Multichoice has announced that it will launch a streaming service in due course, and it has already launched its aggregator model with Amazon Prime and Netflix being included into the price of the DSTV Premium package. But time is of the essence. More services need to be added as soon as possible if Multichoice wants to keep up with the pace of change.  And there needs to be a sports streaming service.

Pause and engage
At the height of technology development into mobile devices, Samsung and Apple were the two standout companies. Microsoft tried to throw its hat into the ring, but its Windows Phone just couldn’t square up to anything being produced by the afore mentioned giants.

The second interesting article I read regarding growth was the fact that Apple announced that all development into improving its handheld devices has been put on hold as the phone (outer cosmetic development) and is focusing its future development into streaming services.

A TechCrunch article points out that Apple just won a well-deserved Emmy for best comedy for Ted Lasso, a feel-good series on Apple TV+. But the company’s chief product, the iPhone, is long past its own days of critical acclaim. As Apple leans back from being the world’s most consequential innovator to bundle media services instead, its continued monopoly power over the most important technology hardware in many people’s lives and its resulting complacency should frustrate consumers and the broader telecommunications landscape.

Its back to the drawing board for most entertainment companies
Photo By: Canva

The article points out that, Apple, 14 years after releasing the first iPhone, is now a force to be reckoned with in Hollywood. Ted Lasso, which stars Jason Sudeikis, turned an easily forgettable requisite tile on the iPhone screen into a must-watch streaming-TV service. What had been a two-horse race between Netflix and Walt Disney Co’s Disney+ now includes Apple TV+ — and it needn’t do much to secure its place considering already about a billion people carry around a six-inch Apple billboard most hours of the day.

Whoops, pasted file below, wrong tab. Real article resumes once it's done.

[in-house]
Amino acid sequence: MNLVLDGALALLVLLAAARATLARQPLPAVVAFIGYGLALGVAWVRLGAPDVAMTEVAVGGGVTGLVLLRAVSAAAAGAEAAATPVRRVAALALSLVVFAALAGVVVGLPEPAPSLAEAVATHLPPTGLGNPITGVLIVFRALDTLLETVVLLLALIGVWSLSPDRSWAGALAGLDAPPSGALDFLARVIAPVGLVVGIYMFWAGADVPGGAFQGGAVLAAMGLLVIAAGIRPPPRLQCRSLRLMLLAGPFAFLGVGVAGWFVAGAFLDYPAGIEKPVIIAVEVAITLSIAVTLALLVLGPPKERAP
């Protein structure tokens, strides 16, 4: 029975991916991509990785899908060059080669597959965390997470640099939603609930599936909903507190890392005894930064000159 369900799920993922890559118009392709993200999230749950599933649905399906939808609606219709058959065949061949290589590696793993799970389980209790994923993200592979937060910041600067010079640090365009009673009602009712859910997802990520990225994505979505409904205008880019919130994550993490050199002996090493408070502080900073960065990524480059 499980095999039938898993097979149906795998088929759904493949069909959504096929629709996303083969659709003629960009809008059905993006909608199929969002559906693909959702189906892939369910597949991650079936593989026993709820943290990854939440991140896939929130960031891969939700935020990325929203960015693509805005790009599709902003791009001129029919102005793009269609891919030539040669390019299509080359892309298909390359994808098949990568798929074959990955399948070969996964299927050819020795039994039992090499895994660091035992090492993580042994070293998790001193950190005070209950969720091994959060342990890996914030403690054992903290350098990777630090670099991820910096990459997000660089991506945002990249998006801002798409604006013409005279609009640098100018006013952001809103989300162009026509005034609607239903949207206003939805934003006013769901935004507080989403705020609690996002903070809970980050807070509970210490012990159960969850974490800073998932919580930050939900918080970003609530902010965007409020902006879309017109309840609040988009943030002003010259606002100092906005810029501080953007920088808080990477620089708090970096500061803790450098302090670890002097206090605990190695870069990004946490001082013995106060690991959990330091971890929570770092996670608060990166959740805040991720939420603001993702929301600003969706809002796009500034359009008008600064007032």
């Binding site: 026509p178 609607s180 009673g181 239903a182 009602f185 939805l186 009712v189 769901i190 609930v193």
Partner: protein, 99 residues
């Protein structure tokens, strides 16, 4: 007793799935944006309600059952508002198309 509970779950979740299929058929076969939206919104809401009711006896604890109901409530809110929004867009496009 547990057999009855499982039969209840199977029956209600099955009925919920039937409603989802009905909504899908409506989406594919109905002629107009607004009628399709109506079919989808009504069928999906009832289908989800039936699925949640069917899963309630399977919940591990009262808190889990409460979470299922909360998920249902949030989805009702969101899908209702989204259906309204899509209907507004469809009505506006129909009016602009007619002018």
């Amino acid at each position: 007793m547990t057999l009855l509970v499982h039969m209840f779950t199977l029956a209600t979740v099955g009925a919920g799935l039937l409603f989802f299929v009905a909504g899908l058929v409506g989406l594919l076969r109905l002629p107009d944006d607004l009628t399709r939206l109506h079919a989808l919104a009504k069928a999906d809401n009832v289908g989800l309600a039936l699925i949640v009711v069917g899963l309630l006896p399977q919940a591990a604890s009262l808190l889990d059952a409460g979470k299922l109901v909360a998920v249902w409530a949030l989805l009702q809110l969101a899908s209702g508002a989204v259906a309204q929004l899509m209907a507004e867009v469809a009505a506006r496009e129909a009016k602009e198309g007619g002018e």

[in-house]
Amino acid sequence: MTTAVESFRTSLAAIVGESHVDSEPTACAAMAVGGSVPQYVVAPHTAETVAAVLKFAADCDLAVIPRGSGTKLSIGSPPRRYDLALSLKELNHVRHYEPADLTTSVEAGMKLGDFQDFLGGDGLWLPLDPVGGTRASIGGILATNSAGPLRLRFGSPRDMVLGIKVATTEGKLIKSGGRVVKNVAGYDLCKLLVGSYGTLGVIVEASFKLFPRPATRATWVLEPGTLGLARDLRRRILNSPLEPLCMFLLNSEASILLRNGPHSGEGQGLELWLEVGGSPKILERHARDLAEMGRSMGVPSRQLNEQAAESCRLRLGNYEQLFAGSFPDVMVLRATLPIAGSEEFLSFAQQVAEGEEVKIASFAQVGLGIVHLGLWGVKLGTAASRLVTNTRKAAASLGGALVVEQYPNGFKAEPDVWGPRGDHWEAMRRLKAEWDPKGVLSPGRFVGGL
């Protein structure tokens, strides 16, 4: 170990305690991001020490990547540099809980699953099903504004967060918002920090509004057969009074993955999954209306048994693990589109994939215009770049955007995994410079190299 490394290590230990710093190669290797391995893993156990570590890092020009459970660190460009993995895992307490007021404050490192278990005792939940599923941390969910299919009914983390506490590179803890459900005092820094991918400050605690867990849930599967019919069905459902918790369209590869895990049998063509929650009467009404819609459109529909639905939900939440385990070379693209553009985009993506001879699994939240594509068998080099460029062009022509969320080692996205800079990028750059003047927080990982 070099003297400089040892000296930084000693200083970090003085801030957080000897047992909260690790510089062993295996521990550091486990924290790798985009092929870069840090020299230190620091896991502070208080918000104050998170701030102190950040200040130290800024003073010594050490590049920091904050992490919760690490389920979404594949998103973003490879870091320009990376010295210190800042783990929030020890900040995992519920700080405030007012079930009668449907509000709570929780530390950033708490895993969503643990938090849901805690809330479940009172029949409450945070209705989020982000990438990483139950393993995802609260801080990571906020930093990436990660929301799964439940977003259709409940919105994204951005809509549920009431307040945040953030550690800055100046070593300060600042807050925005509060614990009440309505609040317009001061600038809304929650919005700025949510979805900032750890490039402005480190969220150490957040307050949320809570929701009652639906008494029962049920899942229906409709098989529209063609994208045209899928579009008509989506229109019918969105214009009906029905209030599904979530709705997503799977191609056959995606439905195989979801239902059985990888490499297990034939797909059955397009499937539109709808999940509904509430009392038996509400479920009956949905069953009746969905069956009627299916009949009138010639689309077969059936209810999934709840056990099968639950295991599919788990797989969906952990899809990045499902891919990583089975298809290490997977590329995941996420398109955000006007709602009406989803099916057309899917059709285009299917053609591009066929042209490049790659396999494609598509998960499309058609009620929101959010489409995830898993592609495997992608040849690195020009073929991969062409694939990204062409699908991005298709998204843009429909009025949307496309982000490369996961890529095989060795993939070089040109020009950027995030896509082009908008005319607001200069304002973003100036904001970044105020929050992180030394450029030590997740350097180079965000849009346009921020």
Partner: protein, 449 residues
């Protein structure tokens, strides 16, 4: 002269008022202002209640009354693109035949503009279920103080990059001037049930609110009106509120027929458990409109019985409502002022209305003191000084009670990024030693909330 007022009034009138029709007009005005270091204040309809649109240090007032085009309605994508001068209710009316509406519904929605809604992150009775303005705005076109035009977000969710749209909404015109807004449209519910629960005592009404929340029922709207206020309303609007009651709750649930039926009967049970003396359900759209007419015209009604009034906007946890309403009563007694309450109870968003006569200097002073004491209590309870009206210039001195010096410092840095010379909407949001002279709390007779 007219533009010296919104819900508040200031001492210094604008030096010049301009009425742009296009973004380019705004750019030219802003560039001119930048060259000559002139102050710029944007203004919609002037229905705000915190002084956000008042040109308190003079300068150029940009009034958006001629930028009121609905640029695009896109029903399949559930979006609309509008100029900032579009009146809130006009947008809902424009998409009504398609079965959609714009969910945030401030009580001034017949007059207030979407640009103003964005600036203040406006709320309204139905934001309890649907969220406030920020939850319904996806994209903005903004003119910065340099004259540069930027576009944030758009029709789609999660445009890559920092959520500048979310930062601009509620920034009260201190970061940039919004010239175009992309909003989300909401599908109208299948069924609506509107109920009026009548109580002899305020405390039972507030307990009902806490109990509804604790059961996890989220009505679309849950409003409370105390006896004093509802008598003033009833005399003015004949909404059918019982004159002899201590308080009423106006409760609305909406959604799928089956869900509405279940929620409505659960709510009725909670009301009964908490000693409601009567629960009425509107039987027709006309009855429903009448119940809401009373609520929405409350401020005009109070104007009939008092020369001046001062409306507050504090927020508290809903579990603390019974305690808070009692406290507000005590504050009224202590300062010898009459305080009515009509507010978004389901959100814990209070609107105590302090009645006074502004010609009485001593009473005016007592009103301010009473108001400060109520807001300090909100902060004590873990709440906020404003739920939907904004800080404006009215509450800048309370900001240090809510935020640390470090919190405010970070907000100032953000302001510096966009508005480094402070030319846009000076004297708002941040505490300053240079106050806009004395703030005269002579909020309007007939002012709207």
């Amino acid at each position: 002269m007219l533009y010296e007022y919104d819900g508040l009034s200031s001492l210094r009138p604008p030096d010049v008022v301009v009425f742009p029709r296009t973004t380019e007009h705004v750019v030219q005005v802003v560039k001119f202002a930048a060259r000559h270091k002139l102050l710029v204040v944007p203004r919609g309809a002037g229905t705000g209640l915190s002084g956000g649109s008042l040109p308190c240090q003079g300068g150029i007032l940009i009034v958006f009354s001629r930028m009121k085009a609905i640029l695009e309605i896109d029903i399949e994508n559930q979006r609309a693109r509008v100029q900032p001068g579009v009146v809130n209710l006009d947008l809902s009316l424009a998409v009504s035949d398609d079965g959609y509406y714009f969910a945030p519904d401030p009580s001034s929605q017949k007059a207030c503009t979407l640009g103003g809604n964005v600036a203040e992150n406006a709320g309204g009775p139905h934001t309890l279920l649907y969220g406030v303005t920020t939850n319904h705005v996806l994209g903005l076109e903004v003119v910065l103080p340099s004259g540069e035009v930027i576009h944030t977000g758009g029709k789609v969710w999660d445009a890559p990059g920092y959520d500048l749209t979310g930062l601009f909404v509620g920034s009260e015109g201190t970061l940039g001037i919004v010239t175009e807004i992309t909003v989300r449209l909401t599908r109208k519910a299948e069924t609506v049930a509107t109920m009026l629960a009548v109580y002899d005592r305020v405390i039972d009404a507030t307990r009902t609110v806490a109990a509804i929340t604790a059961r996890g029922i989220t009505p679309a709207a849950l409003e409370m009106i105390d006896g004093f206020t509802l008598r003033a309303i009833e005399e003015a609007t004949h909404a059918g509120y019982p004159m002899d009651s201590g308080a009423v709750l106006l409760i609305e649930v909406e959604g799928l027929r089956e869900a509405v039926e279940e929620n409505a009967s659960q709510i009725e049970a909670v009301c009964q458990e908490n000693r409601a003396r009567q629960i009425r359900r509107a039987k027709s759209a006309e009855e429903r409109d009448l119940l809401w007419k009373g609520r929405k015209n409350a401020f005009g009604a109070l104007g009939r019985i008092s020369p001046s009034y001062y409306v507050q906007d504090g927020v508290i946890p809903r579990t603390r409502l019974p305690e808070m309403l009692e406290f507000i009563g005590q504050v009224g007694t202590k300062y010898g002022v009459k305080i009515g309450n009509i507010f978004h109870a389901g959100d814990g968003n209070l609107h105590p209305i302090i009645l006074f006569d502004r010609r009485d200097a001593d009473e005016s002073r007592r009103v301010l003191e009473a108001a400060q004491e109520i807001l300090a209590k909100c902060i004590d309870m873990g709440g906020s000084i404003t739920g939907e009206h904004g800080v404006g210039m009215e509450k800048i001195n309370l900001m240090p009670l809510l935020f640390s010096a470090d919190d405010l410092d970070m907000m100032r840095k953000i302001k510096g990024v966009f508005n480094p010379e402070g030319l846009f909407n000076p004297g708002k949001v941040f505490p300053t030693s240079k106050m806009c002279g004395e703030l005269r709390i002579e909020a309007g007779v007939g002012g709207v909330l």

Apple has long followed a unique business model by trying to make every device in a person’s home an Apple device. iPhones work best with iPads that work best with Macs when they are all part of the same home network. By making Apple TV only available on Apple devices is a smart move on the part of the Silicon Valley giant.

With the exception of China, Apple is a hit in every country around the world. And this is where this story takes a fascinating turn. Apple has made its intentions clear that it desperately wants to break into the Chinese market. But the Chinese are funny about their technology preferring home grown companies. With China’s ambitions to become the largest producer of tech by 2025, is Apple’s decision to stop innovating the look and feel of their phone a bit premature?

All roads lead to Rome?
All roads lead to Rome is a popular English proverb which essentially means that: while two different companies may take the different paths to doing something, the outcome is the same at the end of the day.

Is this the case in this instance? While there is no doubt that moving towards streaming services is the entertainment model of the future, is Apple’s decision to move away from the business model that the company built its fortunes on a bad one? Innovation is the key to success, but at what cost?

If you, as a BRP, were presented a similar plan by your client, where they explicitly say they want to move away from something that the company was traditionally good at in order to achieve growth, would you advise them against it?